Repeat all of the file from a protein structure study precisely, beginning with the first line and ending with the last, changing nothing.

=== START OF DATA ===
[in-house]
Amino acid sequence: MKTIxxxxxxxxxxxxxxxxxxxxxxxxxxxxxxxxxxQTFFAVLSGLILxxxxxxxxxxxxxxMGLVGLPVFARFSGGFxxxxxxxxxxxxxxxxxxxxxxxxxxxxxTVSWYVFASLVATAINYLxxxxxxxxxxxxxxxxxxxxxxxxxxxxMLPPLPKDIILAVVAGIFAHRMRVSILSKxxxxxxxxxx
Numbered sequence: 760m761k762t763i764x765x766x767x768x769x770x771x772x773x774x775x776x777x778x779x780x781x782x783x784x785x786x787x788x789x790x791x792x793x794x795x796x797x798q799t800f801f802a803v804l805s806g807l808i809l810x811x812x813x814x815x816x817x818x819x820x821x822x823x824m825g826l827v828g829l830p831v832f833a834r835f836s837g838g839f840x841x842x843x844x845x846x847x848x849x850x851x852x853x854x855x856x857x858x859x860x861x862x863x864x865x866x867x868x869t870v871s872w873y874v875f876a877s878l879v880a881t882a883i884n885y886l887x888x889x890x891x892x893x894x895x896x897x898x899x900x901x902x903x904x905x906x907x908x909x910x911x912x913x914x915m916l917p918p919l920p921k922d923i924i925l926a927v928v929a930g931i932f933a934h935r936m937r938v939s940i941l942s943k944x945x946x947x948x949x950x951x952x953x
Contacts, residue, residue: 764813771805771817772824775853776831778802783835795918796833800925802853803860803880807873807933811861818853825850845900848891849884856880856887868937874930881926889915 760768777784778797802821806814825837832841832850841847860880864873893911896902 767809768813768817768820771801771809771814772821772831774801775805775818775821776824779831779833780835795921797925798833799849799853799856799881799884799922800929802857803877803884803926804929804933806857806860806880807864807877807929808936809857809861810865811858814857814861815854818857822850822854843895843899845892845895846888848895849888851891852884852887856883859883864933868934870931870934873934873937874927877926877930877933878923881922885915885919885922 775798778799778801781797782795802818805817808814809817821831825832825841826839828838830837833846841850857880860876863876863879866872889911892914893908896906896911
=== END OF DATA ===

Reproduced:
[in-house]
Amino acid sequence: MKTIxxxxxxxxxxxxxxxxxxxxxxxxxxxxxxxxxxQTFFAVLSGLILxxxxxxxxxxxxxxMGLVGLPVFARFSGGFxxxxxxxxxxxxxxxxxxxxxxxxxxxxxTVSWYVFASLVATAINYLxxxxxxxxxxxxxxxxxxxxxxxxxxxxMLPPLPKDIILAVVAGIFAHRMRVSILSKxxxxxxxxxx
Numbered sequence: 760m761k762t763i764x765x766x767x768x769x770x771x772x773x774x775x776x777x778x779x780x781x782x783x784x785x786x787x788x789x790x791x792x793x794x795x796x797x798q799t800f801f802a803v804l805s806g807l808i809l810x811x812x813x814x815x816x817x818x819x820x821x822x823x824m825g826l827v828g829l830p831v832f833a834r835f836s837g838g839f840x841x842x843x844x845x846x847x848x849x850x851x852x853x854x855x856x857x858x859x860x861x862x863x864x865x866x867x868x869t870v871s872w873y874v875f876a877s878l879v880a881t882a883i884n885y886l887x888x889x890x891x892x893x894x895x896x897x898x899x900x901x902x903x904x905x906x907x908x909x910x911x912x913x914x915m916l917p918p919l920p921k922d923i924i925l926a927v928v929a930g931i932f933a934h935r936m937r938v939s940i941l942s943k944x945x946x947x948x949x950x951x952x953x
Contacts, residue, residue: 764813771805771817772824775853776831778802783835795918796833800925802853803860803880807873807933811861818853825850845900848891849884856880856887868937874930881926889915 760768777784778797802821806814825837832841832850841847860880864873893911896902 767809768813768817768820771801771809771814772821772831774801775805775818775821776824779831779833780835795921797925798833799849799853799856799881799884799922800929802857803877803884803926804929804933806857806860806880807864807877807929808936809857809861810865811858814857814861815854818857822850822854843895843899845892845895846888848895849888851891852884852887856883859883864933868934870931870934873934873937874927877926877930877933878923881922885915885919885922 775798778799778801781797782795802818805817808814809817821831825832825841826839828838830837833846841850857880860876863876863879866872889911892914893908896906896911